Jake Bugg – ‘Jake Bugg’

This debut album is rife with uncommon wit, insight and melody

There’s a great story about Jake Bugg that illustrates just how different he is from your average British teenager. Shortly after playing his first gig (not in some fauxhemian east London snakepit, but at his high school in Nottingham), Bugg’s friends, suitably impressed, implored him to audition for Britain’s Got Talent. In their defence, it’s no stretch to imagine Amanda Holden violently weeping all the fluid out of her body to the strains of ‘Country Song’ or ‘Someone Told Me’, but Bugg was having none of it. “I never would have done that,” he told one interviewer, “because it doesn’t seem genuine, it doesn’t feel natural.”

Authenticity is the last meaningful currency left in indie. These days we tend not to focus on whether our pop stars are doing things we haven’t heard before, but instead on what their education cost and how many failed musical adventures they had before getting famous (please see: The Vaccines, Mumford & Sons, Spector). Jake Bugg needn’t worry about that. For one thing, at just 18-years-old, he’s barely had time to be a failed anything. For another, having grown up in Clifton, formerly the largest housing estate in Europe, he’s more likely to nick silver spoons than choke on them. Mostly though, it’s because he’s a frighteningly talented songwriter. Whisper it, in case the weight of expectation proves too heavy, but he’s the real deal.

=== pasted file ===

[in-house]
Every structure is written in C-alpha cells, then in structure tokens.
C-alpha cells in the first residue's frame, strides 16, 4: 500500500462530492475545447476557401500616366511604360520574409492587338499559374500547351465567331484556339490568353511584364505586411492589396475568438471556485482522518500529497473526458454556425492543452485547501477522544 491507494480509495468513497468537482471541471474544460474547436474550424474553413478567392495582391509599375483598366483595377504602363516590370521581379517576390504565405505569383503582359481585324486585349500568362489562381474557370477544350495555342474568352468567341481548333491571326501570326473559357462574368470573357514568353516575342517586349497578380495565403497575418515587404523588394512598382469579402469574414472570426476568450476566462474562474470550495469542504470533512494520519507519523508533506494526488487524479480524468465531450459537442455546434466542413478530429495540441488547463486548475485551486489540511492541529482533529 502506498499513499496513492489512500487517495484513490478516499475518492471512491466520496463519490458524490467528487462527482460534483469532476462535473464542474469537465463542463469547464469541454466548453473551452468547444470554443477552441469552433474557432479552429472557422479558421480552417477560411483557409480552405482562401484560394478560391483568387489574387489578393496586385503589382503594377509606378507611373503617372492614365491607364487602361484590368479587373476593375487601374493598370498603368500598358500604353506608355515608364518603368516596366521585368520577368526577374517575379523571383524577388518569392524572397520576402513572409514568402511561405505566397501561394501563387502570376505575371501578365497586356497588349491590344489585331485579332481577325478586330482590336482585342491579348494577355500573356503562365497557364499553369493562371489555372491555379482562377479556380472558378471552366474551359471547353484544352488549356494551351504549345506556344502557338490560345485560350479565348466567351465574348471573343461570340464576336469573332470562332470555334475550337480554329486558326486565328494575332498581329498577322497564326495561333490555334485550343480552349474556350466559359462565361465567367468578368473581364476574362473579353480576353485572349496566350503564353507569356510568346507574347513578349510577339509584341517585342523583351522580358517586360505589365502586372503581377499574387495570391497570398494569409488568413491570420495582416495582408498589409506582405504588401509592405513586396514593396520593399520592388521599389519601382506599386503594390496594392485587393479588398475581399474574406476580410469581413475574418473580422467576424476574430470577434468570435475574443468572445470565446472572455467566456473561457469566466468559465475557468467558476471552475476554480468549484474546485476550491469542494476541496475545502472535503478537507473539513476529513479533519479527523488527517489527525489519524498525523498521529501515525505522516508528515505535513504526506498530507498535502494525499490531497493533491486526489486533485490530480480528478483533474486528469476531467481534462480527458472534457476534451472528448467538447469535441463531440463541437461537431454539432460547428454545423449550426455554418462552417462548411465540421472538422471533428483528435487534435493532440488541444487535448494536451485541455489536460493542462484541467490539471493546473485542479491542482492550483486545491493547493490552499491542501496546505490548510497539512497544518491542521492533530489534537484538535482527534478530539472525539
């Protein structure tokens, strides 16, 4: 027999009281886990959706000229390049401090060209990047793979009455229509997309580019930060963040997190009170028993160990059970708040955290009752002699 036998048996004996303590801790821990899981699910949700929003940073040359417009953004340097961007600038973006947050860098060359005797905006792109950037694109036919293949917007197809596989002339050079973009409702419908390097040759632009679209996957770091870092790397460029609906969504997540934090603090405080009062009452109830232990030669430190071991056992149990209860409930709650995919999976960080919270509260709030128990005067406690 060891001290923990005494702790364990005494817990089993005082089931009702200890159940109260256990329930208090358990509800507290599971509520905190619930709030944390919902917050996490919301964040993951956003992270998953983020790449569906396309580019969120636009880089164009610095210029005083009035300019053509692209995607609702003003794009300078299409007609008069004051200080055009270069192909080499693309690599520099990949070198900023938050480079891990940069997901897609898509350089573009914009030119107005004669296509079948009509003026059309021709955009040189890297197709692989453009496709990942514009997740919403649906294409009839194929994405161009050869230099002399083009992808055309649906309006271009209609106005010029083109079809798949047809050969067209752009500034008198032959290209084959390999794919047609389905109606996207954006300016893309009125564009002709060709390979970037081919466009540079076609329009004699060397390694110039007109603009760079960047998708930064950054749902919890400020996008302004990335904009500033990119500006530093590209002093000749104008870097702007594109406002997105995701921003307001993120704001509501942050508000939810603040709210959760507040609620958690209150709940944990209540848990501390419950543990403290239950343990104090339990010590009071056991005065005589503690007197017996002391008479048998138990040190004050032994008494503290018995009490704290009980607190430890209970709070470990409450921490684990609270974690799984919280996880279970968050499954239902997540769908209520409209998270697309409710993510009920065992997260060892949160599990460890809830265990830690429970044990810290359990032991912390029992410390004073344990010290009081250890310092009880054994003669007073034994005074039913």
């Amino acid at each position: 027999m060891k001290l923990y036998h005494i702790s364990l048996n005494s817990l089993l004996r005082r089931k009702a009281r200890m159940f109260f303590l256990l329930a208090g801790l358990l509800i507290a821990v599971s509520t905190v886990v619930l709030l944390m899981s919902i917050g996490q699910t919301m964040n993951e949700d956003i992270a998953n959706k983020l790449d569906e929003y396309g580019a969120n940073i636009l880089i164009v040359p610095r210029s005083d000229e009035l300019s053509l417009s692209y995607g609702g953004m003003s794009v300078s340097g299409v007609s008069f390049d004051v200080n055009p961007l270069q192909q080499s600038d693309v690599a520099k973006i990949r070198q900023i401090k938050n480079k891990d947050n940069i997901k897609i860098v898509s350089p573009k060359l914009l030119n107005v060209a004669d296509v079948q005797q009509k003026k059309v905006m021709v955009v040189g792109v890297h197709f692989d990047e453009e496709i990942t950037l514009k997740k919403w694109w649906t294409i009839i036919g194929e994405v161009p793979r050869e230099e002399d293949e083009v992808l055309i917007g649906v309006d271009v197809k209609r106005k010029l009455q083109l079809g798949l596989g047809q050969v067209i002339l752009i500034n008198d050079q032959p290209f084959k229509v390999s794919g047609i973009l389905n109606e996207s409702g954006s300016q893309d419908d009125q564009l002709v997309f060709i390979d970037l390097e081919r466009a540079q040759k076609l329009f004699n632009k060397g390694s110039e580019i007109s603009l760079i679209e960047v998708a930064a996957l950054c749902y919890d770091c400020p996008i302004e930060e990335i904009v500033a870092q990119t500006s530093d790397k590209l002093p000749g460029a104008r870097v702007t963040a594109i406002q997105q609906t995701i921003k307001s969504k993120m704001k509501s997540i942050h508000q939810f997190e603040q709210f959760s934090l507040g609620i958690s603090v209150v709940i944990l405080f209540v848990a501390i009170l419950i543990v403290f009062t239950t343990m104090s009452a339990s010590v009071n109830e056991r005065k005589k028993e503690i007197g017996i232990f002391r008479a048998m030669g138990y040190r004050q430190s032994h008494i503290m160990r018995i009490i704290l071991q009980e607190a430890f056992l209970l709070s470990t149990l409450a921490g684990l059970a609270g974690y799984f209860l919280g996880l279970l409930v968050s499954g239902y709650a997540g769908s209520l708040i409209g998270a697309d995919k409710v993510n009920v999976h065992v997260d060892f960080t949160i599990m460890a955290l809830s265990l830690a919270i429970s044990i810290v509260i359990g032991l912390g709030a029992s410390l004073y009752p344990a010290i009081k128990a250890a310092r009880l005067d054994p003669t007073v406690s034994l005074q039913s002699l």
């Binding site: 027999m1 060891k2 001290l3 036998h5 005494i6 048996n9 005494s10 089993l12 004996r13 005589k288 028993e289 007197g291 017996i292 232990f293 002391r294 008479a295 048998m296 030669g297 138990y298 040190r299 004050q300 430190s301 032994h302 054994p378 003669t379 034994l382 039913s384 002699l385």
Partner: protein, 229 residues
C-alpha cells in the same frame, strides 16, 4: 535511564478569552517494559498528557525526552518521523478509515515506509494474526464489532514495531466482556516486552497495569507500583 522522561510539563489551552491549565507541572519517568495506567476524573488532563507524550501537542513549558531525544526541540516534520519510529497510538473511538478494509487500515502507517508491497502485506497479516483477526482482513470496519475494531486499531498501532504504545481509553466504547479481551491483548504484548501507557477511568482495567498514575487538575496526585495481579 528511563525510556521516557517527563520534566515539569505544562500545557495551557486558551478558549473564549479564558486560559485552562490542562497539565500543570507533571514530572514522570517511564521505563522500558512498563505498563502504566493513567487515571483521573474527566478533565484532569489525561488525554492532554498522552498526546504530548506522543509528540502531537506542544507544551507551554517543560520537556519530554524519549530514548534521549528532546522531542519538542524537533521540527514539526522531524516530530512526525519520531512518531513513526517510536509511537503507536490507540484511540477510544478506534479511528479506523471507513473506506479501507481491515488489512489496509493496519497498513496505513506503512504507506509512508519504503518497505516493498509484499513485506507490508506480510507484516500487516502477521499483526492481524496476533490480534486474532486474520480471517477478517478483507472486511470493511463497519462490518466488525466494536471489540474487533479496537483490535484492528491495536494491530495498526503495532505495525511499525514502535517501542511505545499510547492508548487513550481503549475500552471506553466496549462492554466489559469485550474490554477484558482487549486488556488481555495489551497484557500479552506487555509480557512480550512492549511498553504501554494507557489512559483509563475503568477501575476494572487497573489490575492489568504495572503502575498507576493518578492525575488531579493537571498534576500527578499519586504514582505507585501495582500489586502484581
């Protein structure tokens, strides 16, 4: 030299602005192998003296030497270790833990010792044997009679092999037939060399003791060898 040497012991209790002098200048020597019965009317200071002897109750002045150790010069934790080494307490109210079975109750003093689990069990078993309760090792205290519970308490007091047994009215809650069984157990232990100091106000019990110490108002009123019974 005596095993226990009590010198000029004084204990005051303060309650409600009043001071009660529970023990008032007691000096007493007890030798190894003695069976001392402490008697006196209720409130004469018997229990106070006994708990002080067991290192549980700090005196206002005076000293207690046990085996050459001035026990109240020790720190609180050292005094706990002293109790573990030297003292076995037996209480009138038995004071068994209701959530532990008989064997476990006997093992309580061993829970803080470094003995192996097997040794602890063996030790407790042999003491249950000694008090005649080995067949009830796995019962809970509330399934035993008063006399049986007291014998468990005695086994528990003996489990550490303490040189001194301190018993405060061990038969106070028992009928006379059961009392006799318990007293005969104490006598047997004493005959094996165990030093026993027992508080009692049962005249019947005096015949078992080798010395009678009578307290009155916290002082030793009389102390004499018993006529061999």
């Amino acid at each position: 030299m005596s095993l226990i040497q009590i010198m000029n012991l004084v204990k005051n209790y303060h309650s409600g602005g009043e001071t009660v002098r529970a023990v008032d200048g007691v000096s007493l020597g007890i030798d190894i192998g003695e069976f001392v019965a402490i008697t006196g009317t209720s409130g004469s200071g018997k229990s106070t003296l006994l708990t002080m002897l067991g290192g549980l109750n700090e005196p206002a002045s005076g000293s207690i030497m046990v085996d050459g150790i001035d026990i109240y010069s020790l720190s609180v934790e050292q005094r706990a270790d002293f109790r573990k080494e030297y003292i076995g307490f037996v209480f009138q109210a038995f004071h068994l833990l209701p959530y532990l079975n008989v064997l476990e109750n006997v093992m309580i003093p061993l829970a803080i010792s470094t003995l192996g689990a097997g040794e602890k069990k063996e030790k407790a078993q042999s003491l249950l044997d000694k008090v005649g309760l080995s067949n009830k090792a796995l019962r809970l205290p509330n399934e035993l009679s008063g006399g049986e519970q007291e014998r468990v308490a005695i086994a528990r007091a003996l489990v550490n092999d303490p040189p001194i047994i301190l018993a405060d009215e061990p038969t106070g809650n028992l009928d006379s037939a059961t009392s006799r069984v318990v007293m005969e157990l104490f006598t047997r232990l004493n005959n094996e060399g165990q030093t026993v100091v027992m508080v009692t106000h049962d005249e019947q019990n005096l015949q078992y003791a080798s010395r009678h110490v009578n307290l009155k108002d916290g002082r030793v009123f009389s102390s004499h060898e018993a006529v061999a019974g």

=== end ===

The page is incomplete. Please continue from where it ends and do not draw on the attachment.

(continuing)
Though he’s been pegged as an East Midlands Dylan, that particular influence is a little overstated, and Bugg’s music is very much a product of the last 20-odd years of British guitar pop. You can trace the genealogy of ‘Lightning Bolt”s swaggering indie-skiffle back to The Coral, or the heart-stopping acoustic Merseydelica of ‘Slide’ to The La’s. There’s a wry, Turner-worthy lyric here, a dash of Libertines-esque urgency and danger there… you get the picture. Not for nothing he’s won the approval of Noel Gallagher.

Bugg’s love of ’60s psych-folk fella Donovan aside, his cues may not come from anywhere unexpected, but it’s what he does with them that counts. His urchin’s eye-view is drawn to the unglamorous and insalubrious: ‘Seen It All’ opens in a car park with Bugg dropping a pill (“Or maybe two”) before crashing a party at a local gangster’s house where “a friend took me aside, said ‘everyone here has a knife'”. Sure as the bullet in Chekhov’s gun, the song ends with someone being shivved in the garden. Another tune, ‘The Ballad of Mr Jones’, finds our young voyeur watching from the periphery as a wronged man exacts revenge on the people who killed his wife. Nottingham’s tourist board must be thrilled.

But his scowling anger is just a front, a carefully erected facade that shields a vulnerable and contemplative soul. The album’s more subdued moments – like the disarmingly sweet navel-gaze of ‘Simple As This’, or the folksy arm-around-the-shoulder reassurance of ‘Note To Self’ – are its most remarkable ones, where Bugg’s voice, usually accompanied by little more than an acoustic guitar, takes on a preternatural wisdom. ‘Broken’ is a song of such towering beauty and elegance, it boggles the mind that a scruffy teenager barely old enough to shave could have written it.

On ‘Two Fingers’, Bugg talks wistfully of scheming on the streets of Clifton, where he and his mates would “skin up a fat one, hide from the feds”, as though life held no nobler pursuit. You can tell that, up until now, his world has been small, and he might well have spiralled down the sinkhole that swallows so many marginalised estate kids. Eventually, however, Bugg comes to the same conclusion that we do: “Something is changing, changing, changing”. If this debut album – rife with uncommon wit, insight and melody – is testament to anything, it’s that his small, unremarkable world is about to get a whole lot bigger.

Barry Nicolson